German 13.2mm Tank Abwehr Gewehr M1918: The first anti-tank rifle. The T- Gewehr was capable of penetrating around 20mm of armor at 100 m and 15mm at 300 m. ANTI-TANK GUNS With the advent of tanks came the demand for portable anti-tank weapons. While most artillery pieces could knock out tanks, they weren’t easily available to the front line troops. The first anti-tank weapons were nothing more than elongated rifles made for specially designed large caliber ammunition, 13mm and above. U.S. Browning M2.50 cal. Machine Gun: The.50 cal was designed near the end of WWI as an anti-tank gun. It remains in service today as an all purpose weapon.
WWI saw the first use of aircraft. The first planes were used for observation and had a two man crew, pilot and observer. The first aerial combat occurred when two observers shot at each other with pistols. Unlike the pilot, the rear seat observer was not strapped into the plane. In aerial combat he had to hang on for his life. It wasn’t uncommon for the observer to fall out of the plane when it rolled suddenly. This was always fatal since the observer didn’t have a parachute. OBSERVATION AIRCRAFT British Airco DH4: An excellent observation plane used throughout the war. Crewmen called it the “Flying Coffin” since the fuel tank was positioned between the pilot and observer.
Rittmeister Manfred von Richthofen was the greatest ace of World War I. He is credited with shooting down 80 aircraft. To show off his prowess he painted his aircraft red. The British called him the “Red Baron,” the French the “Red Devil.” He became squadron commander of Jasta 1, the famous “the Flying Circus.” Richtofen was killed by anti-aircraft fire during a dogfight. FIGHTER AIRCRAFT German Fokker Dr. I Triplane: The most famous plane of WWI. Baron Manfred von Richthofen flew a Dr. I painted red, hence his nick name "The Red Baron.”.
German Fokker D VII: Arguably the best plane of WWI. FIGHTER AIRCRAFT
British - SE 5: The most numerous British fighter plane of the war. It carried one Lewis machine gun on top of the upper wing. Reloading the gun while maneuvering the plane in combat was difficult. A second machine gun was mounted in front of the cockpit in later models. FIGHTER AIRCRAFT
British Sopwith Camel: Excellent British plane but very unforgiving to inexperienced pilots. It suffered from severe engine torque, which pulled it to the left. Also famous as Snoopy's aircraft from the “Peanuts” comic strip by Charles Schultz. FIGHTER AIRCRAFT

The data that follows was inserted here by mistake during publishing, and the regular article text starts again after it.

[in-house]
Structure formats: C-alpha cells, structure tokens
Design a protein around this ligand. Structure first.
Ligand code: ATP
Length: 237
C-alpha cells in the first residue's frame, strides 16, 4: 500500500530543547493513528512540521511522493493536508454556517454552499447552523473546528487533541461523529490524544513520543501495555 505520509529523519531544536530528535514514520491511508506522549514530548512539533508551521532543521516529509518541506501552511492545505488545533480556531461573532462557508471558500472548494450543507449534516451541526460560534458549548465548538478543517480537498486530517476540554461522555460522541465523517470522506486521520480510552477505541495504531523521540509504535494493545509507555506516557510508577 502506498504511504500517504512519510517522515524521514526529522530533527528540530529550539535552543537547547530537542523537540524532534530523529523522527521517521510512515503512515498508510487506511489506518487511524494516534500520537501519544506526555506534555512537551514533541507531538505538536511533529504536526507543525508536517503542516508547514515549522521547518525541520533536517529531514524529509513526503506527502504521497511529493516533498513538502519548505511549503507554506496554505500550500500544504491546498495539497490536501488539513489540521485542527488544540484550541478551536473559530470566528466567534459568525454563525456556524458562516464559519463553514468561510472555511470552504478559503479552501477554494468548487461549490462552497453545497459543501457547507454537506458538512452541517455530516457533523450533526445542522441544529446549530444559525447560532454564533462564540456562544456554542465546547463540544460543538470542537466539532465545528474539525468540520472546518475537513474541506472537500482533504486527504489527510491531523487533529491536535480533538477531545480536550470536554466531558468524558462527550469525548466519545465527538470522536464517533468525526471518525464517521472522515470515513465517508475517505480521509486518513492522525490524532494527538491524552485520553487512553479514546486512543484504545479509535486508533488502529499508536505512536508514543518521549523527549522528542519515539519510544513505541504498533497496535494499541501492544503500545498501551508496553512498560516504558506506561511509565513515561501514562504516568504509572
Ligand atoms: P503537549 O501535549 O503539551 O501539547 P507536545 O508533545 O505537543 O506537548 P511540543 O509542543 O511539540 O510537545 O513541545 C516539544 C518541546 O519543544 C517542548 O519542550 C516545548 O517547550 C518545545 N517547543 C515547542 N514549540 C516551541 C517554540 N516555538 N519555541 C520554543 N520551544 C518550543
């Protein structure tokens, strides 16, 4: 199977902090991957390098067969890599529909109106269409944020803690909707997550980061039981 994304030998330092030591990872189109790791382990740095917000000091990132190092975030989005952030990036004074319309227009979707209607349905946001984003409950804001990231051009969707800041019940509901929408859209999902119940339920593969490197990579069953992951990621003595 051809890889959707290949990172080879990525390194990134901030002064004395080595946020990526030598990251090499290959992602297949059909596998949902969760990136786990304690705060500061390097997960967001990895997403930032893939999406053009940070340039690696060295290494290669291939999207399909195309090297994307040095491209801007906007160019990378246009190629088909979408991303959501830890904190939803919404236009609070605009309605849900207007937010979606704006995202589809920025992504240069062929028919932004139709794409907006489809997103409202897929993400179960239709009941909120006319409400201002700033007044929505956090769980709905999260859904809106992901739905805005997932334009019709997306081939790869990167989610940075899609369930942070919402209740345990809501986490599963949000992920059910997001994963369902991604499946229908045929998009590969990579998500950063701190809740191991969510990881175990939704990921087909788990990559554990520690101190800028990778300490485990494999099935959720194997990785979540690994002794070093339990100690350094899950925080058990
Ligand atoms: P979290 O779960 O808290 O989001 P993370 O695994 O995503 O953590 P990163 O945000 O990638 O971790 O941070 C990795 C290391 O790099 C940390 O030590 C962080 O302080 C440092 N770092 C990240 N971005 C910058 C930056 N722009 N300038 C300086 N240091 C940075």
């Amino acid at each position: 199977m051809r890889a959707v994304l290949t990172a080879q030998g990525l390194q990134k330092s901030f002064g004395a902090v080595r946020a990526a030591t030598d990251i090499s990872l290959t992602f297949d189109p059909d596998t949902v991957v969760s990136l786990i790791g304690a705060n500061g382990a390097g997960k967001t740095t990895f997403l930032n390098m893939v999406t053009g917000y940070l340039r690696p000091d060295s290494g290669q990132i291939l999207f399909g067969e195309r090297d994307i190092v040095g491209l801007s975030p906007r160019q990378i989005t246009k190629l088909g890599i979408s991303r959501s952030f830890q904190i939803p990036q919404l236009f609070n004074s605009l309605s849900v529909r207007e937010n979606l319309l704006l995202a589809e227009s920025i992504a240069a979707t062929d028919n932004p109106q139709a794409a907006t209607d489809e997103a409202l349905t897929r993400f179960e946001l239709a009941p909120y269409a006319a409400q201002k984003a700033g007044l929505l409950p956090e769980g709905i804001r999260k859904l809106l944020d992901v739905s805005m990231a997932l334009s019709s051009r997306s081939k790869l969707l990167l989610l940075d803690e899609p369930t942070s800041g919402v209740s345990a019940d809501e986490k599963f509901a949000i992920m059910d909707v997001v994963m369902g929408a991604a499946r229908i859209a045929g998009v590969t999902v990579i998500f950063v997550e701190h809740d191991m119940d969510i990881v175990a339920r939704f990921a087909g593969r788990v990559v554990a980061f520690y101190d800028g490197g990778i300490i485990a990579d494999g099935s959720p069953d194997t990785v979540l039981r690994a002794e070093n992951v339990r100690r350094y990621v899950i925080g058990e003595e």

French Nieuport 27: A very good aircraft built for speed but it could easily become a death trap. The upper wing had a tendency to rip off if the plane went too fast in a dive. Also used by the Americans. FIGHTER AIRCRAFT
French Spad VII: The best French fighter plane of the war. It was very fast and, due to its weight, dove like a rock. FIGHTER AIRCRAFT America’s top ace Eddie Rickenbacker shot down 28 enemy planes while flying a Nieuport and later a Spad VII. He was awarded the Congressional Medal of Honor.
GERMAN GOTHA G IV: One of the largest bombers of the Great War. The Gotha replaced Zeppelins in bombing raids on London and southern England. It was the first strategic bomber. BOMBER AIRCRAFT
Zeppelins were rigid airships held aloft by hydrogen cells, or gasbags, attached to an aluminum frame. At first they could fly above any enemy aircraft and were only vulnerable to heavy anti-aircraft cannon. Zeppelins were used to bomb England. They became obsolete due to improved fighters and the development of incendiary bullets. ZEPPELINS Zeppelins on their way to bomb England. Zeppelins on trial over the North Sea.
Japan’s defeat of the Russian fleet at the battle of Tsushima caused British naval planners to rethink ship design. The result was a revolutionary new ship, the HMS Dreadnought, which made all other ships obsolete. It was almost solely armed with big guns. Secondary cannon were completely removed or limited to just a few. The Dreadnought was the forerunner of the modern battleship. DREADNOUGHTS
WWI saw the first large scale use of submarines. Their primary role was to sink enemy commerce shipping. The Germans practiced unrestricted submarine warfare, sinking any ship in the war zone without warning. The most infamous instance of this type of warfare was the sinking of the passenger liner Lusitania in Unrestricted submarine warfare helped drive the U.S. into WWI. U-BOATS